Having breast implants is not a “one and done” thing—they are not permanent!
Like anything else that is not “living tissue,” breast implants have a shelf life. I see so many patients that may have decided on breast augmentation before having children in their 20s, and then fast-forward 30 years to their 50s and there is usually a different set of aesthetic breast issues occurring. While I have seen the rare patient with 30-year-old saline implants still intact, they do not feel breast-like, and implants that old are almost universally contracted and in dire need of replacement via revision breast augmentation surgery.
Think about it this way—would you expect that one set of tires would last an entire lifetime without needing to be changed out?
I recently saw a patient who received saline breast implants many years before. Over the years, and after children and menopause, she had gained weight and also breast tissue and developed quite a bit of “sagging” in the breasts, causing the nipples to point downwards. She really needed a breast lift and removal of her old breast implants; however, it was her “fear” of letting them go that was holding her back. She identified herself with these implants for most of her adult life. Instead, she wanted to undergo a breast lift but keep her original saline implants. That surely is one possibility, but in my opinion, not the best possibility. After all, would you build a new house on an aging foundation? You could, but most people would advise pouring a new slab.
My recommendation was to change the old saline implants out for new highly cohesive silicone gel “gummy bear” implants—such as Sientra®, Mentor® MemoryShape®, or Natrelle INSPIRA® —all of which are more breast-like in feel, softer, and actually lighter than the same size saline breast implant (fluid weight is more than “gel” weight). In addition, newer silicone gel breast implants tend to last longer, they can eliminate the annoying “squish” and “slosh” noises that may be bothersome to someone who has aging saline implants, and there is no risk of having a sudden “deflation.” (While the risk of sudden deflation is only about 1% per year when saline implants are initially placed, it increases significantly after 10 years, which is why many plastic surgeons recommend replacing saline implants after 10 years.)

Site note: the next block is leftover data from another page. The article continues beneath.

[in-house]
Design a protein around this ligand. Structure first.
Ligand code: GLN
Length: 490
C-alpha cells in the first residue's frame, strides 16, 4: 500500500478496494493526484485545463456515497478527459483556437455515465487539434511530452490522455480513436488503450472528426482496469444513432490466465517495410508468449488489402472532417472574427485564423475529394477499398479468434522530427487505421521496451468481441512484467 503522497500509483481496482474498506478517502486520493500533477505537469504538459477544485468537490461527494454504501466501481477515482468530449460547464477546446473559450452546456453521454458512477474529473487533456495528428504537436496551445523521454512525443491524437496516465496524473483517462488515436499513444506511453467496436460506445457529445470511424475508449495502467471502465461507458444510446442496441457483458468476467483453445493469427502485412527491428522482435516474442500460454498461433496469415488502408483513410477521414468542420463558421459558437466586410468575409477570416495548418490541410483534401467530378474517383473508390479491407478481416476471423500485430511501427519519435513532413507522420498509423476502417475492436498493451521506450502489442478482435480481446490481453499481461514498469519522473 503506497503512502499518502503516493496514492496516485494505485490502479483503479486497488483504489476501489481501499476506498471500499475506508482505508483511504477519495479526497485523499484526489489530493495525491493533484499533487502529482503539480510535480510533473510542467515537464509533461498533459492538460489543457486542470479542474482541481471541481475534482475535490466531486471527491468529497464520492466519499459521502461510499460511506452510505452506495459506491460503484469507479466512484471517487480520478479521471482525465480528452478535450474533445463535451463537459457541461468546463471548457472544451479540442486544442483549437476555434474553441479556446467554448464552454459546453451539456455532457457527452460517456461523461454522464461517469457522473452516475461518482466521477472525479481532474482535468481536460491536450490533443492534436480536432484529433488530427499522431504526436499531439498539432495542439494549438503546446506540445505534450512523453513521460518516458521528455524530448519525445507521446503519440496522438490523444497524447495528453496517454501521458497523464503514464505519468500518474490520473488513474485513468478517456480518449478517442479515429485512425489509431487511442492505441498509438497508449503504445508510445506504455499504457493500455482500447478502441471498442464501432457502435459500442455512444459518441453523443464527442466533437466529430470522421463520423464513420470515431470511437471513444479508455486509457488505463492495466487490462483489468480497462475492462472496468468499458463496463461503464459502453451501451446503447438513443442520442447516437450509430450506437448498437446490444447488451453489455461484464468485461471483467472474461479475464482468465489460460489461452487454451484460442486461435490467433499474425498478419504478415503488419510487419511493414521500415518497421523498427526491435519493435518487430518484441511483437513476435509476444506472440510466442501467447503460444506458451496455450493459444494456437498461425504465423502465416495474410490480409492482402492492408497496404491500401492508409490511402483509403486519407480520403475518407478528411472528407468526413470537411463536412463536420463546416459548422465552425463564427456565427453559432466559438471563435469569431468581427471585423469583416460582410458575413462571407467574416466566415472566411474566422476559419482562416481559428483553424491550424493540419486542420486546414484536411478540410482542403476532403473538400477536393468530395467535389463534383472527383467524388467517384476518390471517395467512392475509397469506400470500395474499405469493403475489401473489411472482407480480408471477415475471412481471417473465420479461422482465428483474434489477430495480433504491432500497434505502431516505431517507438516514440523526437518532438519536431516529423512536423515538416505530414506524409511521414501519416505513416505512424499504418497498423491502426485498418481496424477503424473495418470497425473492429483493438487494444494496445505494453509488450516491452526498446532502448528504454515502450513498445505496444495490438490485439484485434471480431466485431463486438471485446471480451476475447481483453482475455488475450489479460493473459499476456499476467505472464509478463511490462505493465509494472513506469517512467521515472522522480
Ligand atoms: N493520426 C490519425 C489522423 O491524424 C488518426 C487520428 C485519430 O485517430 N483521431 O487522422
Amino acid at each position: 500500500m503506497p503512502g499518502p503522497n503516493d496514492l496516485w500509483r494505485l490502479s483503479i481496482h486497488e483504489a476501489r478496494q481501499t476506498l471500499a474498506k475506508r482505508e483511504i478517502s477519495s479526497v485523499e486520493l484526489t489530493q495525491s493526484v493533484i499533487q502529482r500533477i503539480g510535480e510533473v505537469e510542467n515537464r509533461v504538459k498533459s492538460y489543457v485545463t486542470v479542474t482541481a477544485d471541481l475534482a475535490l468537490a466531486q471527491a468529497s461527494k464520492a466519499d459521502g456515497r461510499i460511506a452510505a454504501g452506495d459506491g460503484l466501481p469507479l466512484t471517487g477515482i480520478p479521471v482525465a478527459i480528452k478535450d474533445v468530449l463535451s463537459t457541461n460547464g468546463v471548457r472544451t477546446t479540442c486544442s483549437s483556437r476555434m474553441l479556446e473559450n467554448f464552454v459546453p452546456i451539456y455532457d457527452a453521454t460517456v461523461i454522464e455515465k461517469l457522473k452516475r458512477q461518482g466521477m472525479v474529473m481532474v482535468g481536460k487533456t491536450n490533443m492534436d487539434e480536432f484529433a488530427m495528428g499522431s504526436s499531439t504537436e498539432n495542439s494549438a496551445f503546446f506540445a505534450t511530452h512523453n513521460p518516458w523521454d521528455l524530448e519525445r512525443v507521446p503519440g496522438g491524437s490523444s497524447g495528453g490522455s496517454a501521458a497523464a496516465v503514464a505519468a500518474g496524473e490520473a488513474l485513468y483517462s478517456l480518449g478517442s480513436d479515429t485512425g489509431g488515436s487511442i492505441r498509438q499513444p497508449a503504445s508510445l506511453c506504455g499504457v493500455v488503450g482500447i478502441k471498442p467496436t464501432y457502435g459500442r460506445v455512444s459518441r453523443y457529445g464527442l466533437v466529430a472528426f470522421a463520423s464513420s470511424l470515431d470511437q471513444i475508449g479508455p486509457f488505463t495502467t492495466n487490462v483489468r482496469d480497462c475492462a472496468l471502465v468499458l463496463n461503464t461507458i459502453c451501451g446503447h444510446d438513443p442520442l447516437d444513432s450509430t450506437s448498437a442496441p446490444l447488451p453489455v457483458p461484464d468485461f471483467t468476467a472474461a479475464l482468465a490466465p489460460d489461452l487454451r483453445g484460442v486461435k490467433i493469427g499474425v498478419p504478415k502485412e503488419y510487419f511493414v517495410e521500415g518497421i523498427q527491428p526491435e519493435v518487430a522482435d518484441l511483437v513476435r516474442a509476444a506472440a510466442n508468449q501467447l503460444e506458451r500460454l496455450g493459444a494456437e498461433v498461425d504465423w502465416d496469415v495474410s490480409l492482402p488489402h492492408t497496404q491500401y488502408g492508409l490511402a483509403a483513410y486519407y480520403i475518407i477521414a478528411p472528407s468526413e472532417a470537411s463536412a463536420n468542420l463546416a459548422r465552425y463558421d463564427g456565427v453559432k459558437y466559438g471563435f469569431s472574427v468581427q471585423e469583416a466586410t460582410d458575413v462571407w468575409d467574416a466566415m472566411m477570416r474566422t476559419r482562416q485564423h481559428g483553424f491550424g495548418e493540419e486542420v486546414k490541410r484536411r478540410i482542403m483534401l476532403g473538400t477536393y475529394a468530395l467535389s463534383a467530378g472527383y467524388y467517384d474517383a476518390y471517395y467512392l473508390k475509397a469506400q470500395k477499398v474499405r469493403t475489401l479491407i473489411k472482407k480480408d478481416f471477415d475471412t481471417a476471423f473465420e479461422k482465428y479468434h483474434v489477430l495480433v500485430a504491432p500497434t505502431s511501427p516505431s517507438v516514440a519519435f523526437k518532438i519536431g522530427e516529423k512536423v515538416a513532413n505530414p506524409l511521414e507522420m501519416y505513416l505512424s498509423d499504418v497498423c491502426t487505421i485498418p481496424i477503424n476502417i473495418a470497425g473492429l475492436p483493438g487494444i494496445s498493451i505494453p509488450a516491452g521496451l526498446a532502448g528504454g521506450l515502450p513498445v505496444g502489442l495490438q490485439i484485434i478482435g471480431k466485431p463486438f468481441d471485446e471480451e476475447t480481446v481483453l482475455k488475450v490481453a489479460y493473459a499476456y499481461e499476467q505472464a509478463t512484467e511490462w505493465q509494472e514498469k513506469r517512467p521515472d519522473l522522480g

Ultimately, I always make it a point for young patients who come in for breast enhancement to point out that there is a 100 percent chance they will need surgery again to have their implants removed and replaced at some future point in their lives. My goal is simply to give every patient the best surgery, best science, and best overall result that can last the longest. I recommend to all patients with breast implants to come and visit me once a year so we can see how things are going, take measurements, and make sure the implant is doing okay.
The science and art of natural breast augmentation continues to improve with each decade. I continue to strive to stay on the cutting edge of science in this area so that I can offer the very best options to my patients.
– Dr. James F. Boynton, Houston Plastic Surgeon